Baby blues

Having babies is not a modern fad. Yet the way that employers frequently mishandle issues affecting expectant women you’d think it was something unusual and new to them. Only four in 10 women believe their bosses know how to handle pregnant staff. And we’re not talking about making sure someone gives up their seat in the staff canteen – there appears to be a serious knowledge gap when it comes to maternity rights. It means companies are putting themselves in danger of being liable to claims of pregnancy discrimination.
This kind of discrimination costs employers up to £126 million every year in recruitment to replace the 30,000 or so women who lose their jobs simply because they’re expecting.
An investigation by the Equal Opportunities Commission (EOC) uncovered many factors relating to maternity of which businesses seemed completely ignorant. Some were even unaware that they could claim reimbursement for statutory maternity pay.

The companies act 2006 explained

The Companies Act 2006 comprises of 1,300 sections, approximately one third of which are genuinely new, including the following areas:
Company formation and constitution;
Company members and directors’ duties and powers;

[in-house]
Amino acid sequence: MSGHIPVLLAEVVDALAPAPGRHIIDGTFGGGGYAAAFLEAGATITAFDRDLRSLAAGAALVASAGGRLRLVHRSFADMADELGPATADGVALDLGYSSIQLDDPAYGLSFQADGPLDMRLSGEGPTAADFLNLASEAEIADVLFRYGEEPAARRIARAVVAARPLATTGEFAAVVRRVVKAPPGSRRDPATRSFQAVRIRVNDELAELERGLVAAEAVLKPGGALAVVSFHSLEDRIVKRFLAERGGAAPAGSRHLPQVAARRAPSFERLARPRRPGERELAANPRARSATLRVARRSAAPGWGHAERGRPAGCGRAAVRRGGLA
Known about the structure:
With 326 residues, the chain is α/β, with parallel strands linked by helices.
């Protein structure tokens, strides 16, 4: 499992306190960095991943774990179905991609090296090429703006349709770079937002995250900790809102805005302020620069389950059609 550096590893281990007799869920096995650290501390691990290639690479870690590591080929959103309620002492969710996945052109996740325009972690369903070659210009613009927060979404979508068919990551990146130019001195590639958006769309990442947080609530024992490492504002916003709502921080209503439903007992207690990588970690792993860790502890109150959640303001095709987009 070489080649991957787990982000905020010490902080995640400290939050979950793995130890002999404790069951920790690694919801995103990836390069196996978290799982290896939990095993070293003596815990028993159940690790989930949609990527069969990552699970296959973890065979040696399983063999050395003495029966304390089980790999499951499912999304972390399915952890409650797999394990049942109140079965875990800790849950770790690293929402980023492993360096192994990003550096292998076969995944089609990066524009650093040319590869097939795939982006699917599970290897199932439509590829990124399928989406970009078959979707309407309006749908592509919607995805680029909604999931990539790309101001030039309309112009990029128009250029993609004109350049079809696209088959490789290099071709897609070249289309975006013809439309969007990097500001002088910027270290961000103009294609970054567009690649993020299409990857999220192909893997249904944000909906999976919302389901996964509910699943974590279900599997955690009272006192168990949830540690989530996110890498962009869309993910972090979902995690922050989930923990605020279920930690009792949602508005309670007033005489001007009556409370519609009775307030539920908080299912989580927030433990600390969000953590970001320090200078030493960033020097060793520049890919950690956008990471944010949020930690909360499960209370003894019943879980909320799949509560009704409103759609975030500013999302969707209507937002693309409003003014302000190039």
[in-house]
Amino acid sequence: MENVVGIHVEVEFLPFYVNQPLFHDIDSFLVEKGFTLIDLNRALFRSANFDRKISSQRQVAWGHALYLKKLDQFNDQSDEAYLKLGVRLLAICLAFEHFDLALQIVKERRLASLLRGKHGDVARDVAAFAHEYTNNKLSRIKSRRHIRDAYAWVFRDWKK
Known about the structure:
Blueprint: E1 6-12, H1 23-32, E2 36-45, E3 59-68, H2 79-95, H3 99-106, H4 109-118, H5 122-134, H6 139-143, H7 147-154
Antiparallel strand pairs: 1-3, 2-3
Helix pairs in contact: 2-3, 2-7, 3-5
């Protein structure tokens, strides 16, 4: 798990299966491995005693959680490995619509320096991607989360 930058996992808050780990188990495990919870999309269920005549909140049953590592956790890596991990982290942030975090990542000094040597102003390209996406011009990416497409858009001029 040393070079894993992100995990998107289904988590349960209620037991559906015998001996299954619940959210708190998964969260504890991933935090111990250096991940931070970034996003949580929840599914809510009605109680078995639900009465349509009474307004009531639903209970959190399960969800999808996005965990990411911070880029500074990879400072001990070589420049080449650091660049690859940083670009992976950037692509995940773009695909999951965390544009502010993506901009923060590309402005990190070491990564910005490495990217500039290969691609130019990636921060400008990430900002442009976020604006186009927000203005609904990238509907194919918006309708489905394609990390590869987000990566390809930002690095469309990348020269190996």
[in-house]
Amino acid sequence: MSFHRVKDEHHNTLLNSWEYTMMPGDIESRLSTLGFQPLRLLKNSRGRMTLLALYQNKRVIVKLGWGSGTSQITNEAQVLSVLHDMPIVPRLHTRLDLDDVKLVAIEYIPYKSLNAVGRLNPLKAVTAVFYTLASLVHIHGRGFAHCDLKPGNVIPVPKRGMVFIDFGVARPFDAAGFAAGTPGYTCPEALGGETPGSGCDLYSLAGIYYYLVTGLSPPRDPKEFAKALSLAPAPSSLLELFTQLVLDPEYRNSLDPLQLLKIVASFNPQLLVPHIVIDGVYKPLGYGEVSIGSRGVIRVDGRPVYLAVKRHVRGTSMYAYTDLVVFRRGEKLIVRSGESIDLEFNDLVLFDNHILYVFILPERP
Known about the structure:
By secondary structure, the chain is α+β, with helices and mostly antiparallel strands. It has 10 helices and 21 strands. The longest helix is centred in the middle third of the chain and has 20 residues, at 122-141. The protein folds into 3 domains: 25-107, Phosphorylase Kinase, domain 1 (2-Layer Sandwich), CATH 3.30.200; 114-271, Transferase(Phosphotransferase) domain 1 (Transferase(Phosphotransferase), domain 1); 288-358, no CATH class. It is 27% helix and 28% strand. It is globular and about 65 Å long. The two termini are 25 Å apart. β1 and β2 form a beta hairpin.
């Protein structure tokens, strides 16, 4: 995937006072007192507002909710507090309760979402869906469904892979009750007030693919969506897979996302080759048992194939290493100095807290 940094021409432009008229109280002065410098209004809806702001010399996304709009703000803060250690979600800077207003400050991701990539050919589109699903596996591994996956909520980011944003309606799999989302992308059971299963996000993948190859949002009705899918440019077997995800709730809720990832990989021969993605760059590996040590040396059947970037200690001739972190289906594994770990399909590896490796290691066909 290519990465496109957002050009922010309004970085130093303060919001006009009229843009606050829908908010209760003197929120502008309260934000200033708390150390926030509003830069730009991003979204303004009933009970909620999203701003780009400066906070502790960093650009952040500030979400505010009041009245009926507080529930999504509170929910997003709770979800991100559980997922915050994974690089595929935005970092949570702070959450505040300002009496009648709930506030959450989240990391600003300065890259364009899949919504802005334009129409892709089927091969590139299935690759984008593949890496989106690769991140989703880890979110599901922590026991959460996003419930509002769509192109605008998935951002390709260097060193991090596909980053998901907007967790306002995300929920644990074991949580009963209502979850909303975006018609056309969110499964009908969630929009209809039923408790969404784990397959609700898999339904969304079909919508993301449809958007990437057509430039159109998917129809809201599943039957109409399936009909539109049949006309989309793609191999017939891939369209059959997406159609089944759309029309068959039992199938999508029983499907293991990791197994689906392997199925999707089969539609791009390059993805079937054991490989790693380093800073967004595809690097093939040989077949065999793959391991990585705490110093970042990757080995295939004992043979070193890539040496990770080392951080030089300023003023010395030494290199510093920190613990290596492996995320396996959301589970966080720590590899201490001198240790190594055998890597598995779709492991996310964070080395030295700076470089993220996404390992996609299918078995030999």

Derivative actions and secretaries;
Company meetings and political donations;
Company accounts and auditors;
Private and public companies, share capital and allotments;
Company takeovers and investigations;
 Companies not formed under the Act and unregistered companies.

What should businesses have done already?

By now all companies should have made sure that order forms and other documents, whether hard copy or electronic, have been amended to include the company’s registered name (as opposed to just the trading name), number, place of registration and registered office.  It is easy to overlook the updating of a company’s website in a similar way but such an oversight will make the company liable for a fine.  Any officer of the company could also find themselves liable for a fine if they have authorised the issue of a non-compliant document.

Absenteeism: Use & Abuse

No-one can be under any illusion that absence from the workplace is a persistent and costly problem for British business.  The issue is more acute in the summer months as employers face increasing levels of sick leave and absenteeism, the timing of which is not always co-incidental.
According to the CBI, absenteeism levels in the UK are the main reason why UK productivity lags behind the US and our European competitors.  Output per UK worker is half that of US employees and is significantly lower than that of both France and Germany.  At any one time around 2.7 million workers are on long term sick leave costing employers some £11 billion.